Far from an identi-kit, faceless chain of hotels, Hotel du Vin residences always occupy buildings with an interesting history.
With its ship-building legacy, Newcastle Quayside has a maze of intriguing warehouse buildings, and Hotel du Vin occupies one the most enviable spots in the former Tyne Tees Steam Shipping Company, overlooking the river at Newcastle’s artistic quarter, Ouseburn.
A boutique bolthole just ten minutes from the centre of Newcastle, Hotel du Vin Newcastle offers just 42 individually-designed bedrooms, all paying homage to different fine wines.
I took my mum to stay for one night when I came up to Newcastle for a visit. There’s something rather decadent about a hotel stay in your hometown.
Our room was huge and designed in a contemporary country style with a colour palette of slate grey, beige and chartreuse with touches of dark wood.
The sleigh beds were firm but comfortable and were covered with sumptuous Egyptian linen and fluffy pillows.
I loved the free-standing bath in the room, which was perfectly placed for watching the flat screen TV…well, why not?!
As if the room wasn’t spacious enough already, we had a delightful balcony to enjoy a bit of sun. In the summer months, I imagine this to be one of the best places in Newcastle to sit and soak up the sun in peace with a glass of wine.
It’s all about the small touches with Hotel du Vin and sister hotel group Malmaison. The mini-bars are always stocked with ridiculously tempting gourmet treats and our hot drinks tray came with a selection of refined Taylors of Harrogate teas and half bags of fresh cafetiere coffee.
The bathroom was beautifully-designed and filled with full-size Arran Aromatics products made specially for Hotel du Vin, which you’re encouraged to take home.
By this point, I was starting to see more than a few similarities between Hotel du Vin Newcastle and The Fox & Anchor trad-luxe B&B in Clerkenwell. It was rather puzzling until I found out that Fox & Anchor is an individual, more intimate project by Hotel du Vin, which they don’t publicise.
After an afternoon of shopping and a quick rest, we went down to the Bistro du Vin for a long, relaxed dinner.
We both started with the French Onion Soup, which was full of flavoursome caramelised onions and topped with a large bread crouton and loaded with melted Gruyère cheese. It came piping hot in a quaint ceramic oven bowl and there was plenty to get through.
Mum then went for the Fish and Chips, which came with a chunky tartare sauce, mushy peas and golden hand-made chips served in a brass cone.
The batter was crisp and well-season and the chips brought back childhood memories of the chips that my grandmother used to make (yes, I pinched a few from the cone).
I ordered Toulouse Sausages with Mash, Caramelised Onions and a Red Wine Jus. They looked delicious but they were just a bit too pink inside, so our waitress happily sent them back for some more charring.
Perhaps it was my fault for choosing Toulouse sausages, but the whole dish just felt overly salty. Next time, I would definitely go for the Fish and Chips or the famous Hotel du Vin Burger.
Feeling a bit full after two course, wine and artisan breads, we went for a refreshing sorbet. I chose one scoop of blackcurrant and another of peach and mum went for two scoops of mango sorbet.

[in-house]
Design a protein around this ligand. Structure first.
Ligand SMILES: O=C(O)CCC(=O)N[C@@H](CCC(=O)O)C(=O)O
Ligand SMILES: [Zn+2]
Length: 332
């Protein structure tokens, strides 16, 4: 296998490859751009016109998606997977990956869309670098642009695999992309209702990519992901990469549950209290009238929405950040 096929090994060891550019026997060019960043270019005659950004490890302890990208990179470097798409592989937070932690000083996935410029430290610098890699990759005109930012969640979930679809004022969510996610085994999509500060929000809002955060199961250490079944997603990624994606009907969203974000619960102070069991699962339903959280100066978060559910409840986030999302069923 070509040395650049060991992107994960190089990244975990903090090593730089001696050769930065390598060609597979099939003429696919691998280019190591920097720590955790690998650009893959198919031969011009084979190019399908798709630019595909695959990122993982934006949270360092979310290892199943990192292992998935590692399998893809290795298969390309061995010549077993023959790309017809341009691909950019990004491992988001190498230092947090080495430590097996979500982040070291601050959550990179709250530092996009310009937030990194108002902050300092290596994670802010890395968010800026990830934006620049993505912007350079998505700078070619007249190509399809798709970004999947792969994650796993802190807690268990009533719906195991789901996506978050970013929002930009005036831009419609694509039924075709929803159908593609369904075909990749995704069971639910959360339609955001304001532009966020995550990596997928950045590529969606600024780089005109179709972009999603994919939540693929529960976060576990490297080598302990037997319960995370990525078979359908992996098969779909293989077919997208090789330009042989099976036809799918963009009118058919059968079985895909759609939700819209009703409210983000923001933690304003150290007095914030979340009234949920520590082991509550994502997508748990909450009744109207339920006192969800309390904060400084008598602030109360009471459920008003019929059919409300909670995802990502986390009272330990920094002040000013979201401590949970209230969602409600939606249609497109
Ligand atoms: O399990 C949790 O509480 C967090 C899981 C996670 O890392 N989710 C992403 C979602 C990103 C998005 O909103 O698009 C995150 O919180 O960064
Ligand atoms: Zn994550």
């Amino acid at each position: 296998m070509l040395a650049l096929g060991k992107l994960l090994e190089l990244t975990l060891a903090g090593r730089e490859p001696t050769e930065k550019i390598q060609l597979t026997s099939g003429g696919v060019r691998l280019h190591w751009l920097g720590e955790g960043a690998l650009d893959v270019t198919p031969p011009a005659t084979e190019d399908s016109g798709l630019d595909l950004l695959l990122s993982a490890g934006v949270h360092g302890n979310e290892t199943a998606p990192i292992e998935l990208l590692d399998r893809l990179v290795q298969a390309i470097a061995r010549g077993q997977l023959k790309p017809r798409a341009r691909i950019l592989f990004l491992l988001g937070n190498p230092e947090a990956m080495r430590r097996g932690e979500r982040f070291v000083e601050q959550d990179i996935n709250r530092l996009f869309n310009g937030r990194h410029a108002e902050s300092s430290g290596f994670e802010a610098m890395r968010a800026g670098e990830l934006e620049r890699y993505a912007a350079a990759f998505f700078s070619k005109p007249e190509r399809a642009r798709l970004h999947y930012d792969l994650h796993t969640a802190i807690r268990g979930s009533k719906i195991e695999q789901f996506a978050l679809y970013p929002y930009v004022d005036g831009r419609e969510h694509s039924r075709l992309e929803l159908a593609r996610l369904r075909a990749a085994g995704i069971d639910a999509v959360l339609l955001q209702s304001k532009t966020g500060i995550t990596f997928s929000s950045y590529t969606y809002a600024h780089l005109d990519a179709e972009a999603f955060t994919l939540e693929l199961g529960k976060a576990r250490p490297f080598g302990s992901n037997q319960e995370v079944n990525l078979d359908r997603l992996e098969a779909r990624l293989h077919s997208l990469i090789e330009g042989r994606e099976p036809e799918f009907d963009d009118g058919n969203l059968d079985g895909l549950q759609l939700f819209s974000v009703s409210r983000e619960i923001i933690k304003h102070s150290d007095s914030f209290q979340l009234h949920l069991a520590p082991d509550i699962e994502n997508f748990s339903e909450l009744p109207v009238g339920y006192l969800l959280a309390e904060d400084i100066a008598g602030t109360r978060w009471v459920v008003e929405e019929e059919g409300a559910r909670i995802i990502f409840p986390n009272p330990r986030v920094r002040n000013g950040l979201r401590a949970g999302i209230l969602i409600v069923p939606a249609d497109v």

I’d never usually give up a gooey chocolate dessert for anything iced, but the Hotel du Vin sorbets are so fresh and home-made that they were a real treat.
Close to our table was the Laroche tasting room, where you can sample Hotel du Vin’s extensive collection of wines. We went for a bottle of house red wine, but there is an excellent choice of wines for experts.
After our meal, we relaxed in the bar, although if you’re still up for more wine adventures, the Bubble Bar serves Champagne into the early hours.
A cool feature at Hotel du Vin is the outdoor Cigar Shack in the courtyard. It’s an intimate walk-in humidor where you can try fine cigars or sit and smoke in style with a glass of wine in front of the fire. Although Newcastle folk have no problems with the cold (the sterotypes really are true), smokers get their own special den and I was tempted to come and join them!
After a peaceful night’s sleep, much helped by the wine, we came downstair to breakfast at the Bistro.
The Continental Buffet offered a good range of cereal, pastries, fruits, yogurt, flapjack, cakes, bread and juices.
We ordered a pot of coffee and Eggs Benedict from the hot menu, which came piled high on a sliced muffin – delicious!
We then reluctantly tore ourselves from the room and went back home feeling refreshed and cared for during our Newcastle staycation.
My only criticism would be that there weren’t any plugs close to a mirror, which made it impossible to style my hair properly (anyone with curly hair will understand). Internet charges at hotels are also a constant gripe for me, however Hotel du Vin does offer 30 minutes for free for quick email check-ups.
Hotel du Vin Newcastle feels like a relaxing retreat in the city and is perfect for a weekend get-away. The infamous nightlife of the Quayside is just a short walk away, but with the in-room bathtub, private balcony and bottles of wine, you might not want to leave your room at all!
Double rooms start from £120. Stay Sunday from only £10 when you spend £75 in the bistro or bar. For more info and booking, visit: www.hotelduvin.com
Chérie City was a guest of Hotel du Vin Newcastle.